4. Most academias are good people. They are usually busy either with their own projects or with their teaching/writing/experiments. Some will listen, others will not. I've met some really egotistic physicists, and some really nice ones. Grouping together all academias and calling them self-serving, egotistic gatekeepers is as bad as calling all non-academia independent researchers 'crackpots'. I think it comes down to respect. On some other boards, I've seen younger people interested in a subject, ask a question, and being treated with respect. When someone else asks a similar question, with a little more knowledge (writing skills and 'apparent' age), I've seen those people being replied to in a harsh, sarcastic and demeaning way. ---Like, 'you're old enough to know better, so I'm going to treat you that way'. If I remember right, Einstein wasn't taken too seriously until about 10 years after his 1905 paper. I would bet that in that 10 years, there were more than a fair share of snide remarks about Einstein and his 'crackpot' ideas. Most academias have written papers, and in the longer scheme of things (delta 't'), their names will be forgotten---and they know it. How many other 'theories' were going on at the same time as Einstein's that are now forgotten? How many and what are the chances that some non-academia has something important to say?----Slim, but that means there's still a chance. Status against non-status, knowledge against creativity, over-confidence in dogma against over-zealousness in presentation--academias may look at it as right (them) against wrong (the newbie). A new idea is just that--an idea, until it is proved right or wrong. The celestial terra based system worked fine for most (except for those annoying 'wanderers' to explain). I've have heard many physicists say or imply to say, 'if the math works to what is seen, then, OK'. Does that mean the theory behind the math is right?--no, it just means that the math OF the theory seems to work. Expounding what is presently accepted and presently worked on by many is what academias almost HAVE to do be accepted and not be rejected by their peers. That is one thing that the non-academias don't have to worry about as much--until they want to present it to someone---and where do they go?---well, to the academias, of course. Then, the cycle starts. Some people may deserve being called 'crackpots'--some don't. Some academias just like calling anyone a crackpot who is not a academia that is trying something that may, or may not, be anything additive to to greater scheme of things, just because they can and get away with it. Sometimes power corrupts. Knowledge does help weed out the real bad; but, when most of the basic foundational fundamentals of physics (gravity, light, magnetism, etc.) aren't still fully understood,--- who really knows?----
  5. edit: (rewebster, try not to double post. edit instead.) OK:-) Turning the magnets just a percentage probably would only turn the next less than that percentage; but, turning them the full 180 should turn the one next to it 180, also. Again, I haven't done any lab work on this, but, as a guess, one would get a lot less work done out of the second magnet than what it would take to turn the first (breaking/overcoming the attractive force). The increase/positive gain in work (from turning the first) seems that it wouldn't happen until down the chain some. Maybe that's why some of the ones, like the Kohei Minato device, use a few (16 for his) magnets in his circular set up. They might spin if each magnet has gained enough inertia to carry it past the "dead" point., but the spin would be terribly jerky, no? I wouldn't think any more jerky than a standard electric motor, if the magnets were positioned right and the speed of the turning was sufficient.-Would part of that jerkiness (?) be caused from the corners of a square/rectangular magnet? In the Kohei Minato device, he set his magnets up at what looks to be a 45 degree angle to the tangential. I think that there is definitely some significance in that.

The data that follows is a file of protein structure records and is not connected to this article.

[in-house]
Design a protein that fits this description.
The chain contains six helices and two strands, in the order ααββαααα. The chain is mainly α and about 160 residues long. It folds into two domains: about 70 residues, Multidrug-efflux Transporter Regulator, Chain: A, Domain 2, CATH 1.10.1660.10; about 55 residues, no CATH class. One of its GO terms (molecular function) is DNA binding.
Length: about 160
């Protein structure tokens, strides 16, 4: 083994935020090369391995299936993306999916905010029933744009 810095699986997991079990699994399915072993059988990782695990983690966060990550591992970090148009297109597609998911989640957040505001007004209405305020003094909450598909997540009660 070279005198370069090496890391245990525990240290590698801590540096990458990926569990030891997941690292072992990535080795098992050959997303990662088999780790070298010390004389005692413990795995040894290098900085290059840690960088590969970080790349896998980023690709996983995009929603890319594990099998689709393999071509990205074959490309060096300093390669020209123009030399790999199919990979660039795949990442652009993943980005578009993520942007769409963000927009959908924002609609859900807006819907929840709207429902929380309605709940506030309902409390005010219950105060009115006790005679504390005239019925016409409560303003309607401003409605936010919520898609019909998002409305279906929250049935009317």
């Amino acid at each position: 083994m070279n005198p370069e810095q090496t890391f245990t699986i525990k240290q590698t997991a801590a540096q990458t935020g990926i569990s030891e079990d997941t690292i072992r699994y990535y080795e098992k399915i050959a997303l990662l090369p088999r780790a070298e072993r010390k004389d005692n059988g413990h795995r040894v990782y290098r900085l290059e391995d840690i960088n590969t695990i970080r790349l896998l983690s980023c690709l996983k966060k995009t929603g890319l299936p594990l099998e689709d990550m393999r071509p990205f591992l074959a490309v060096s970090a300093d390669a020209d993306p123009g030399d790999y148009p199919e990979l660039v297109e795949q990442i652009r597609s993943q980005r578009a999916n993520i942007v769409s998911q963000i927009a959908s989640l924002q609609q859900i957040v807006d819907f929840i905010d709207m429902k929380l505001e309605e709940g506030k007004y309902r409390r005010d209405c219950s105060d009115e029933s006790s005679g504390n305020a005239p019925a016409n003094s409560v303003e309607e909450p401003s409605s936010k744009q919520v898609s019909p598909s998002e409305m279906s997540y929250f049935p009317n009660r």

6. Now consider restricting a magnet. By exerting enough turning force on a distant moveable one, the force exerted on the fixed one can be no greater than that required to break the link. I just saw this---can you paraphrase this? Do you mean, rotating a movable magnet in relation to a 'fixed' immovable one?
  7. I wonder if a shaped magnet may make any difference. Some of the so-called 'crackpot' experiments on the web use electro-magnets, either as part or to start their devices, if I recall right, which are using some 'outside' energy---if they did work after they were detached, would these be considered OU? I haven't read if they have to to be designated OU or not----I don't know about the exact definition. (If the power is still more than the input) I haven't read anything that explains the duality of the attractive force and repulsive force, so far though. If you have some links to explain the mechanism that causes it, I would like to read them. Has anyone found anything yet?
  8. Now unless there is a difference in principle between a line of common axis ring magnets and a line of individually mounted bar magnets, then the effect should be the same surely, and easier to visualise? I like to visualise bar magnets---for my 'thought' experiment. yes--I think friction would come into play sooner or later. I'm sure someone out there has done more along this line than what I've found on the net. Equations about magnets, and thought experiments don't come close to lab or testing though.